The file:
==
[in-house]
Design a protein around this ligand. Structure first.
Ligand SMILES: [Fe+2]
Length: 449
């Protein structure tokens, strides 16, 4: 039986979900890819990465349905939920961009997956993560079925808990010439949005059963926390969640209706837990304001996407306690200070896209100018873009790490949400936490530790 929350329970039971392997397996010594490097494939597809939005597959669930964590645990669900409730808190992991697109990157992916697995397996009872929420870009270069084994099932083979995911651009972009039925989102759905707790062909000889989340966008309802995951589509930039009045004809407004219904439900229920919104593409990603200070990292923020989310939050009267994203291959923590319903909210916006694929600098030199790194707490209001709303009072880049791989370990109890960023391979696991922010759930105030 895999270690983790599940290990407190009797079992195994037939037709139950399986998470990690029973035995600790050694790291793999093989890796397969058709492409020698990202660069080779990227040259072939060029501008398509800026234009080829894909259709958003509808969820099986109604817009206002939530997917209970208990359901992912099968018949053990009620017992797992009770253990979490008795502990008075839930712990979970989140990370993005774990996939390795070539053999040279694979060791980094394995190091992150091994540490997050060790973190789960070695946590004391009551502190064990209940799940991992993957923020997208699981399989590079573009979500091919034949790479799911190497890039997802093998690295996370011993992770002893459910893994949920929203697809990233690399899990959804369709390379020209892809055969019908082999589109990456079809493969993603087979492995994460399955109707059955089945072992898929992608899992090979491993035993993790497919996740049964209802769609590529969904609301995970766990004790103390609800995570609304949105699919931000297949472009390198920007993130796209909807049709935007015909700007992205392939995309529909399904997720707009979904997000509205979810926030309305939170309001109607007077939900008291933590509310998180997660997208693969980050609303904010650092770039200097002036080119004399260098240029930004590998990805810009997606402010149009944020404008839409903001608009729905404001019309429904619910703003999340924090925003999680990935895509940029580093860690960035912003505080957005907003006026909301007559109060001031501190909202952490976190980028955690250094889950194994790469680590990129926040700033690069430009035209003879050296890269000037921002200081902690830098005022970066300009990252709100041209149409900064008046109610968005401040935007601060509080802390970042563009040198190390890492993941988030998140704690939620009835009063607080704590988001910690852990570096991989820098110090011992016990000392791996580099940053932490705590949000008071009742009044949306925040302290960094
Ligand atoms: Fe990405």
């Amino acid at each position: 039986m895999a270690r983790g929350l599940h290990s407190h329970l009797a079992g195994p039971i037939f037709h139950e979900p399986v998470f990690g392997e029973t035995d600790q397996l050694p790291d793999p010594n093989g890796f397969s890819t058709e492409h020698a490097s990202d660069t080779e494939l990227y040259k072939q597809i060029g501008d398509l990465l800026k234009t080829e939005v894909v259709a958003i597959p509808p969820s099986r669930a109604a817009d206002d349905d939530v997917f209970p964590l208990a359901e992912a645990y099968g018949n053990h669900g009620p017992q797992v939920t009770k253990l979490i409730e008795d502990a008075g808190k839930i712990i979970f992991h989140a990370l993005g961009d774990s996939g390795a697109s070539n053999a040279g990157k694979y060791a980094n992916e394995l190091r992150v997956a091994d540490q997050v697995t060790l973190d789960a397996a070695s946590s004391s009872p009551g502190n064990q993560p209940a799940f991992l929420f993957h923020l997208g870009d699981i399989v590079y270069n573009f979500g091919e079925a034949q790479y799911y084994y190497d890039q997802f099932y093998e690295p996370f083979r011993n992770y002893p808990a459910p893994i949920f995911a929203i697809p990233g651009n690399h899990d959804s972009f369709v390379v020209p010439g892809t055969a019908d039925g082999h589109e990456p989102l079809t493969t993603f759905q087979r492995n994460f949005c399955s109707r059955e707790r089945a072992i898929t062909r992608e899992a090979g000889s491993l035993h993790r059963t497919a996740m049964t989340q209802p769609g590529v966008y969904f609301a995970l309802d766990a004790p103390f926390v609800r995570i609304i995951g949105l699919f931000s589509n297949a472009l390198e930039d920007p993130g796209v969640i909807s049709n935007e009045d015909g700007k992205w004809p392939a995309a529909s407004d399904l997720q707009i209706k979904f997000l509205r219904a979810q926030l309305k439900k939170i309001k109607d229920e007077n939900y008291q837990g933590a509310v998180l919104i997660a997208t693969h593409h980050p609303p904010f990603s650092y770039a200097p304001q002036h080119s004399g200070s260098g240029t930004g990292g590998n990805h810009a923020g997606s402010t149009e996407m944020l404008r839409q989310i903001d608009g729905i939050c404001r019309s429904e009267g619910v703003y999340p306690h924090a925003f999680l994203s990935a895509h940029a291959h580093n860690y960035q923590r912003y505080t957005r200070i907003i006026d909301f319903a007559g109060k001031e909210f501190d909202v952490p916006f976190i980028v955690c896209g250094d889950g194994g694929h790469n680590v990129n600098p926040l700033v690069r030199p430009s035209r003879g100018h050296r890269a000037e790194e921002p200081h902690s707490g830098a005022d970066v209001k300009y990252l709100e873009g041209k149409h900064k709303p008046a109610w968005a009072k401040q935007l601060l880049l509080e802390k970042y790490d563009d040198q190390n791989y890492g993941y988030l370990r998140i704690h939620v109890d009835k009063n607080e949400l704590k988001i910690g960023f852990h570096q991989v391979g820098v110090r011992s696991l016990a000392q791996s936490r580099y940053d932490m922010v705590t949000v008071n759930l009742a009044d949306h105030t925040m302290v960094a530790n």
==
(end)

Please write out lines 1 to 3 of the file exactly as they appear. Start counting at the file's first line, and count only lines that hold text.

[in-house]
Design a protein around this ligand. Structure first.
Ligand SMILES: [Fe+2]